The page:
Less clear is whether LinkedIn can argue that because its social networking data is publicly displayed on member profiles and subject to “social proof,” its data is necessarily more credible than answers on questionnaires. That may be the case, but MHAOnline couldn’t find compelling evidence of such a credibility advantage for this report. It’s also not necessarily clear that respondents would have reasons to lie on questionnaires by claiming their employers treat them better than they really do because all the questionnaires in the Statista and GPW studies are anonymous.

Moreover, LinkedIn claims that its rankings are based on seven categories of data “pillars” purportedly correlated with employee promotions and career progression. Although these correlations intuitively seem to make sound theoretical sense, in its methodology the firm provides zero statistical evidence that supports their assertions that these correlations actually exist. Nevertheless, the seven pillars include:

  • Ability to advance: The rate of promotions within a firm, calculated from announcements posted by members on LinkedIn profiles.
  • Skills growth: The rate at which employees are adding skills recognized by LinkedIn to their profiles.
  • Company stability: The proportion of employees employed more than three years at the company, compared with that firm’s attrition rate during the past 12 months.
  • External opportunities: Interest in the firm’s workers by headhunters, apparently measured by interactions with employees on the platform with recruiters known to LinkedIn.
  • Company affinity: This metric evaluates the LinkedIn connection percentage among the firm’s employees, as a proxy measure of how “supportive” the corporate culture may be.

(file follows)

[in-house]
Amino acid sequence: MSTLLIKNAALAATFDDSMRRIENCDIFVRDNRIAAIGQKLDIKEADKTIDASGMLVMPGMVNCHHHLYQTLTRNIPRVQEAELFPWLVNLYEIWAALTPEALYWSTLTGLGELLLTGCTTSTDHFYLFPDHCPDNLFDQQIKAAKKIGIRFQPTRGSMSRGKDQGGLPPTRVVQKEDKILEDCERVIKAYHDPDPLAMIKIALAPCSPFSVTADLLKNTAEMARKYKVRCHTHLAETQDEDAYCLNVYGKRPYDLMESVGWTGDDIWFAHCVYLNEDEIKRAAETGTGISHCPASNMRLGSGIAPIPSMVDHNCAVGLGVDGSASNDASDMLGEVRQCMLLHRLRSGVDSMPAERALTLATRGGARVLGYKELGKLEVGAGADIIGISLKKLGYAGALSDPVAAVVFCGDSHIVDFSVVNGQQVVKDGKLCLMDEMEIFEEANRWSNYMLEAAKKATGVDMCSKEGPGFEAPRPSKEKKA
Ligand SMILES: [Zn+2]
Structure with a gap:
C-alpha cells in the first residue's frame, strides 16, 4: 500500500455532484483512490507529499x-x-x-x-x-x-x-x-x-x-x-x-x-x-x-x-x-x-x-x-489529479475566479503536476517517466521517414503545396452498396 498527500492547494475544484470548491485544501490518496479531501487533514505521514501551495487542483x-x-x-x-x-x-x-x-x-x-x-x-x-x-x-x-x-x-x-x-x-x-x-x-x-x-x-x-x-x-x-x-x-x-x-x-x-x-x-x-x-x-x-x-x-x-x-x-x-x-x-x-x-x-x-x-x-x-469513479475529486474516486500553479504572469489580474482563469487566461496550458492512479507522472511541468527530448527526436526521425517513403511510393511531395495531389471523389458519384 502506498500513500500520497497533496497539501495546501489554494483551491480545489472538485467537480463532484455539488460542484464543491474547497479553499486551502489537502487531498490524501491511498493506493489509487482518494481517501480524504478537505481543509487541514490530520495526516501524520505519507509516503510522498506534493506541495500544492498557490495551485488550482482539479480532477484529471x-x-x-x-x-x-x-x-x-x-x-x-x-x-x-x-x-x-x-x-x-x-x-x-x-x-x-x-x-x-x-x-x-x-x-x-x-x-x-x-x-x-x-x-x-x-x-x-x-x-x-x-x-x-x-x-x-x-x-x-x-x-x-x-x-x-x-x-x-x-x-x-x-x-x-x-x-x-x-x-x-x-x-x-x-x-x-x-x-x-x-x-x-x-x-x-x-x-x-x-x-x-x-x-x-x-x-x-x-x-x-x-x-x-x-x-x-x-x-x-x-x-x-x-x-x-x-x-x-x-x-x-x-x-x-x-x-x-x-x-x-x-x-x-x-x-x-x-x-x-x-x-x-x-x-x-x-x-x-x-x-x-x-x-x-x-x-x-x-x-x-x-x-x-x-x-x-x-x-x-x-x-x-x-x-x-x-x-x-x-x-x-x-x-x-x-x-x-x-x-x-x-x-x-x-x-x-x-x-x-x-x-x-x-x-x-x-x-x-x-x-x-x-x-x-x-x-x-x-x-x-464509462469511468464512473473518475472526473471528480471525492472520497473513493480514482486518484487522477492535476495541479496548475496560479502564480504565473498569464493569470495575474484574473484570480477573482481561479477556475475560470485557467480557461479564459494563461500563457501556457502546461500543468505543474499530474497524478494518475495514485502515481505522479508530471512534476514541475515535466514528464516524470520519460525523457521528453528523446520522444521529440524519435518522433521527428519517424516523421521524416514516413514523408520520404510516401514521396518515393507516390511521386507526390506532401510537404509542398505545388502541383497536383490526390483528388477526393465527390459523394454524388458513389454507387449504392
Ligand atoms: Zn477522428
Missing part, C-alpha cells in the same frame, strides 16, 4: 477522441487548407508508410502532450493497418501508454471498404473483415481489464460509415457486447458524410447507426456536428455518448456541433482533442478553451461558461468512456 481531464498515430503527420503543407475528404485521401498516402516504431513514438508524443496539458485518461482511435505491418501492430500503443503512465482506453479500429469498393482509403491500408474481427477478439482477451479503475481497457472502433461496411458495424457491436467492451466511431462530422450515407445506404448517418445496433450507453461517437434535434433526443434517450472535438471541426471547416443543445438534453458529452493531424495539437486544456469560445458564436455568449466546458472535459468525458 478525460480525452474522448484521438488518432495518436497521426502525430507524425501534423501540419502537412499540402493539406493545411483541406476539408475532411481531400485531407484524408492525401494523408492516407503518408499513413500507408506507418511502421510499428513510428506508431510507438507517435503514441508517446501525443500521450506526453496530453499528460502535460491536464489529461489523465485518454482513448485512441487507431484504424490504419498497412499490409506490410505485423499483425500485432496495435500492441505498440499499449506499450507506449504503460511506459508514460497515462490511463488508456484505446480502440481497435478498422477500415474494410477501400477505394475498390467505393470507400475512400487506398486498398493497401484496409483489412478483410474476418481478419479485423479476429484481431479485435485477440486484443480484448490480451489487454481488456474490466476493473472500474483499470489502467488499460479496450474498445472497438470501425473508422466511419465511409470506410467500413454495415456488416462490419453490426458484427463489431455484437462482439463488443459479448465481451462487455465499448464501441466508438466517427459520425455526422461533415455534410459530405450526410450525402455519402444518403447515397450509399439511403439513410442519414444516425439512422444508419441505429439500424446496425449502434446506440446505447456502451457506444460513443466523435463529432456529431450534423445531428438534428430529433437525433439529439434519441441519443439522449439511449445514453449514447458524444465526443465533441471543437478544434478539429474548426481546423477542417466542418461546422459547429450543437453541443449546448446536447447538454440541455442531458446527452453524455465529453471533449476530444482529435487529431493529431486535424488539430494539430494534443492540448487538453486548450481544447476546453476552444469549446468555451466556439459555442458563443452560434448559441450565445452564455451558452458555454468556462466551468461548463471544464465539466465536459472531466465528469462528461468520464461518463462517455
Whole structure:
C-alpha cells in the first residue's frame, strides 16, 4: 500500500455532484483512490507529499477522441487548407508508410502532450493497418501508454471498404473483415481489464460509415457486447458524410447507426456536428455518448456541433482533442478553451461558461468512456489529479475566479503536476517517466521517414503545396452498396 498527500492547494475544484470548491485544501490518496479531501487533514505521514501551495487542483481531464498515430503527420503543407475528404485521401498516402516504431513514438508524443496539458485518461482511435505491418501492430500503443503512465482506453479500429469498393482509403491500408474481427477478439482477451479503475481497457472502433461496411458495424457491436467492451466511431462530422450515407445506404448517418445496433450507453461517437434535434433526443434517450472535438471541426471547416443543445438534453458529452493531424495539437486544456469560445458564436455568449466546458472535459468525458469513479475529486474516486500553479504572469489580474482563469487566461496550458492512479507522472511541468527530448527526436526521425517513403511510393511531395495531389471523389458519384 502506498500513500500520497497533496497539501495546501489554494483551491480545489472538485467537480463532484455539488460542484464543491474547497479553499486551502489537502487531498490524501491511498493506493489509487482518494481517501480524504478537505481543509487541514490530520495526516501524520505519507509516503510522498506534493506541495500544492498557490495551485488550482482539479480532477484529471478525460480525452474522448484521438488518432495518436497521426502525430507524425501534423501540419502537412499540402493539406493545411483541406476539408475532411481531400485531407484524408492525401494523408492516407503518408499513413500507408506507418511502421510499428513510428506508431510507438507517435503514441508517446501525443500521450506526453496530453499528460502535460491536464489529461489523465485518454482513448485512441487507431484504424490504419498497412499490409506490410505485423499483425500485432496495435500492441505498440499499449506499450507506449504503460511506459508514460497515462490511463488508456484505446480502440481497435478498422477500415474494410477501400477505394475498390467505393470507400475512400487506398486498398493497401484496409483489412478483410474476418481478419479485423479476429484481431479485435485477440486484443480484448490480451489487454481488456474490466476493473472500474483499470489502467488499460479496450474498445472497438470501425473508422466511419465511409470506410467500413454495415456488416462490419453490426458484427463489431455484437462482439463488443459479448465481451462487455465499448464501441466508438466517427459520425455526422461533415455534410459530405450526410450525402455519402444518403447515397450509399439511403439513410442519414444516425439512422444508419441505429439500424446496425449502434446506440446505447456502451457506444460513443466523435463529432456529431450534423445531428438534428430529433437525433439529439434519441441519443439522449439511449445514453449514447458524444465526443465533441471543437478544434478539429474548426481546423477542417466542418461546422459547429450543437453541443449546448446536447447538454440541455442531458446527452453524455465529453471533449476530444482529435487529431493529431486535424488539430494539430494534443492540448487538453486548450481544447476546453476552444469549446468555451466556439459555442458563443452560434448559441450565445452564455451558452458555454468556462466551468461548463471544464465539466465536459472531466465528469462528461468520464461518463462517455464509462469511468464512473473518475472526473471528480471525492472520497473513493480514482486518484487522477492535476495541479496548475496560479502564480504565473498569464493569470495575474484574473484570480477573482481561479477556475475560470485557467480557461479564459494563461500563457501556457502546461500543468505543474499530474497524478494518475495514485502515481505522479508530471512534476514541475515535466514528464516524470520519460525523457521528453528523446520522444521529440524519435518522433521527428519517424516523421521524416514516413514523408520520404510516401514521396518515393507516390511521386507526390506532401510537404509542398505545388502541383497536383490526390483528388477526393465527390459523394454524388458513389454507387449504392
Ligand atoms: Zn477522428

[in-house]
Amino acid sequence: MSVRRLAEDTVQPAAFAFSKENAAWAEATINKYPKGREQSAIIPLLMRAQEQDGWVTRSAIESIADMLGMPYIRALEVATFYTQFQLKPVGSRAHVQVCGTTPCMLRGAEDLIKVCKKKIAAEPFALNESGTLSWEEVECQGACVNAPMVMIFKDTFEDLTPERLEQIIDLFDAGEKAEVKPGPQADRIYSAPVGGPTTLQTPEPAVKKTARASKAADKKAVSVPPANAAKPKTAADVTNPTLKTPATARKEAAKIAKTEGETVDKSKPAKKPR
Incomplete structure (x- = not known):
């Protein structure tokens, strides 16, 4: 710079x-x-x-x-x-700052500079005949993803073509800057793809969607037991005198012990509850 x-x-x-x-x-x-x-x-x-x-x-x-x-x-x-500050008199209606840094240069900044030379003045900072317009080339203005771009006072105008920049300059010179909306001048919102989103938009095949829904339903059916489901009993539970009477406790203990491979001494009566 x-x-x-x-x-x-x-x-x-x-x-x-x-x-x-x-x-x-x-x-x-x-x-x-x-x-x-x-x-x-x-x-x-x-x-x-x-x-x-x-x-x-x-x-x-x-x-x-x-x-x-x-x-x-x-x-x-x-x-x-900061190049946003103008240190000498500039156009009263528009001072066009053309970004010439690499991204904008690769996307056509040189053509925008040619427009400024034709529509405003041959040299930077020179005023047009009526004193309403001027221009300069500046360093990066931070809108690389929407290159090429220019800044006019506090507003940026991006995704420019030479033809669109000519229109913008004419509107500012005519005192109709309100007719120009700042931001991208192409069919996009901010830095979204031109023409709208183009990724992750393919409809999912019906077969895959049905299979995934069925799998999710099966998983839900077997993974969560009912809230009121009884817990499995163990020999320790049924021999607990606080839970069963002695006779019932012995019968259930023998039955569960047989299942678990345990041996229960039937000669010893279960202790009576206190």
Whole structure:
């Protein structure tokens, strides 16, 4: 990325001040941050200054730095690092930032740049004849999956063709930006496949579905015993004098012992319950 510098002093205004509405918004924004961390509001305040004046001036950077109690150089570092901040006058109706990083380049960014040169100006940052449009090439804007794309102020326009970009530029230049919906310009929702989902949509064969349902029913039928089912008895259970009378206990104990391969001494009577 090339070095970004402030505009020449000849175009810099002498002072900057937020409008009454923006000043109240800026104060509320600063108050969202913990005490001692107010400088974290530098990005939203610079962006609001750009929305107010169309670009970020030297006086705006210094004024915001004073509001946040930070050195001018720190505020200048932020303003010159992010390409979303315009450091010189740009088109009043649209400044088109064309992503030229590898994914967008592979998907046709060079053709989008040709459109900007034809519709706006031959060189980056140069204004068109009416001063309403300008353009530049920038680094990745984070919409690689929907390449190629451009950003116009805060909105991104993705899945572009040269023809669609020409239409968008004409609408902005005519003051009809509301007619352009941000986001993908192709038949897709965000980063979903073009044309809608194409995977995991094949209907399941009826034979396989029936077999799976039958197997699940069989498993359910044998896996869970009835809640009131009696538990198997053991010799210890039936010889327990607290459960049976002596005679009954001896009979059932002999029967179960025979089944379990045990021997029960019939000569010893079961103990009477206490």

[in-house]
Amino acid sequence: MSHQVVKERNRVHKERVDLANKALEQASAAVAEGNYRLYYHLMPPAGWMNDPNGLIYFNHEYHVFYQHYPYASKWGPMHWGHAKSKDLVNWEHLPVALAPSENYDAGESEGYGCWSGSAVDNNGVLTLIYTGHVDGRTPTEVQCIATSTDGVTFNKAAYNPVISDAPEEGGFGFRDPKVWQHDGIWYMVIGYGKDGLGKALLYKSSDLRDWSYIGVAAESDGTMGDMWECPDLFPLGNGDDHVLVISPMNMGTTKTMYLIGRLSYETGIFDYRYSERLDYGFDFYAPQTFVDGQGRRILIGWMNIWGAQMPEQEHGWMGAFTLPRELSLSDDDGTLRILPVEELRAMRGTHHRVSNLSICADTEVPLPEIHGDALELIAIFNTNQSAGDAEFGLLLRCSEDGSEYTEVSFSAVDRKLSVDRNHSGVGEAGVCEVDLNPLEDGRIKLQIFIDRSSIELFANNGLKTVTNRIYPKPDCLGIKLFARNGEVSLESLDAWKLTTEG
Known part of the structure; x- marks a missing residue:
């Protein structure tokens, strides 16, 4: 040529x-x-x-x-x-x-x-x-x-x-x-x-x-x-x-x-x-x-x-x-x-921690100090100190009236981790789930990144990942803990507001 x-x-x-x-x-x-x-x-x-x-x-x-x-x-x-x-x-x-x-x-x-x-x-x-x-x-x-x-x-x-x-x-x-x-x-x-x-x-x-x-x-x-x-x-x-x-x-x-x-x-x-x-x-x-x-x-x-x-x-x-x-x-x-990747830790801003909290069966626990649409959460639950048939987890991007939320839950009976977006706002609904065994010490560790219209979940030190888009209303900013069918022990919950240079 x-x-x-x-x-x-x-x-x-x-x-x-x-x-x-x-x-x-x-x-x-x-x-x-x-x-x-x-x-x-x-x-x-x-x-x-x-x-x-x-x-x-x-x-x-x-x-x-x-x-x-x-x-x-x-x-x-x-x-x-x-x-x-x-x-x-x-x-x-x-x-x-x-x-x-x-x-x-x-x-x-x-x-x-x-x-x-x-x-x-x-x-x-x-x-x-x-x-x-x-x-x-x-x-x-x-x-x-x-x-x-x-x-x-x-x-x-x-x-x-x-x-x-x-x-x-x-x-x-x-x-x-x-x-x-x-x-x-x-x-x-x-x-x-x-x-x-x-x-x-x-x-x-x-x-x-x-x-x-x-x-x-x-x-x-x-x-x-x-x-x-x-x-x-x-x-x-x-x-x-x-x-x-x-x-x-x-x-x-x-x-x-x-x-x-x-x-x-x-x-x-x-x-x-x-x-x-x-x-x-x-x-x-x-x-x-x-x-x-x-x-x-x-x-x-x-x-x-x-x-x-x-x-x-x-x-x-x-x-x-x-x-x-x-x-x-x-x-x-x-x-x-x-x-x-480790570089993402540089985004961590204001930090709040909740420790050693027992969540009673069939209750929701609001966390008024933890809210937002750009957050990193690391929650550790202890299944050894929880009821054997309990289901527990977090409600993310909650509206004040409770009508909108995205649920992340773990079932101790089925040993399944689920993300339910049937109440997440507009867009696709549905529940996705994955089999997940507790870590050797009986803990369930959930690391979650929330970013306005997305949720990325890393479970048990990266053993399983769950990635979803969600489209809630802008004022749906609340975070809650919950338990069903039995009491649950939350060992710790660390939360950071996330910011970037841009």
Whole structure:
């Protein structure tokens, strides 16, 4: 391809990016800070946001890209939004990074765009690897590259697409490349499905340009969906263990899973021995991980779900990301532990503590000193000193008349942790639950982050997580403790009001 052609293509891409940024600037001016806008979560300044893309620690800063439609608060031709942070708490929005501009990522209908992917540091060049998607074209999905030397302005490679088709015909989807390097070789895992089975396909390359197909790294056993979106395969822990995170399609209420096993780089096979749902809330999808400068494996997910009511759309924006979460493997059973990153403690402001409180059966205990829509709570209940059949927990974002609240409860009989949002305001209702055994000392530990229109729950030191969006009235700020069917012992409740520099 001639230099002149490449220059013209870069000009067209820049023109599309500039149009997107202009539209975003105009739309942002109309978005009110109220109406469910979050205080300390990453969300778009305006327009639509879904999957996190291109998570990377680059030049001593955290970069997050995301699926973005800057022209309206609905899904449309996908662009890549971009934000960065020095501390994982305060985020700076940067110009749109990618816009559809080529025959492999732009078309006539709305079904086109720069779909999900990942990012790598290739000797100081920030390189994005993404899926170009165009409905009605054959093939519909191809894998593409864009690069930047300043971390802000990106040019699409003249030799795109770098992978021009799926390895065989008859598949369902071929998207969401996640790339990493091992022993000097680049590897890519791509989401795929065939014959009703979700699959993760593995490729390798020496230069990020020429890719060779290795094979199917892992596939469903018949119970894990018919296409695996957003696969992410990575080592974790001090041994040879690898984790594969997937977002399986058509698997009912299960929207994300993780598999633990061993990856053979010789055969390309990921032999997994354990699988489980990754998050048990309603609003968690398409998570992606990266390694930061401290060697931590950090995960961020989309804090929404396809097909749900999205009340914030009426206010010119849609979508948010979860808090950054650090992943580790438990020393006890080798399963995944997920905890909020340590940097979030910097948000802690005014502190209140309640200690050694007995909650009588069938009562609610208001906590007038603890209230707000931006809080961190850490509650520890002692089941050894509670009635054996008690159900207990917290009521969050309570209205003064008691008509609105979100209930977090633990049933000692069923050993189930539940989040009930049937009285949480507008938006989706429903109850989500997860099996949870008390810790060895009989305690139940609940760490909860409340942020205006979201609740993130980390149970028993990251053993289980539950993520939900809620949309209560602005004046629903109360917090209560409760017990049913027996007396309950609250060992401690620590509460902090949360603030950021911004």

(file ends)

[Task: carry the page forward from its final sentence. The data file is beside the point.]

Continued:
• Gender diversity: The firm’s gender parity ratios.
  • Educational background: The average education levels attained by the firm’s workforce.

With that analysis in mind, here are the 25 companies from the list of the best healthcare employers compiled by LinkedIn:

  1. Kaiser Permanente, Oakland, California
  2. Arthrex, Naples, Florida
  3. Parexel, Waltham, Massachusetts
  4. Athenahealth, Watertown, Massachusetts
  5. Teladoc Health, Purchase, New York
  6. Walgreens Boots Alliance, Deerfield, Illinois
  7. MicroVention, Aliso Viejo, California
  8. Johns Hopkins University School of Medicine, Baltimore
  9. CVS Health, Woonsocket, Rhode Island
  10. City of Hope, Duarte, California
  11. ZEISS Medical Technology, Dublin, California
  12. Hologic, Marlborough, California
  13. Allscripts, Chicago
  14. UnitedHealth Group, Minnetonka, Minnesota
  15. Galderma, Fort Worth
  16. Avanos Medical, Alpharetta, Georgia
  17. Curology, San Francisco
  18. UChicago Medicine
  19. Varian Medical Systems, Palo Alto, California
  20. University of Maryland Medical Center, Baltimore
  21. Janssen Pharmaceuticals, Raritan, New Jersey
  22. Nevro, Redwood City, California
  23. Medtronic, Minneapolis
  24. Pfizer, New York City
  25. Elanco, Clinton, Indiana

Why Don’t Firms Appear on Multiple Lists?

This has to be the “million-dollar question” that emerged from our analysis. One might reasonably expect that many of the same employers would appear on all three lists. However, that didn’t happen.

We were surprised to recognize only four employers that appear on more than one list. They include:

  • BayCare Health System, Clearwater, Florida
  • Teladoc Health, Purchase, New York
  • University of Maryland Medical Center, Baltimore
  • Johns Hopkins University School of Medicine, Baltimore

Apparently, these curious results imply that if one wants the utmost assurance, they’re working for one of the best healthcare employers, they would have their choice of only three cities in the United States: Clearwater, Florida, Purchase, New York, or Baltimore.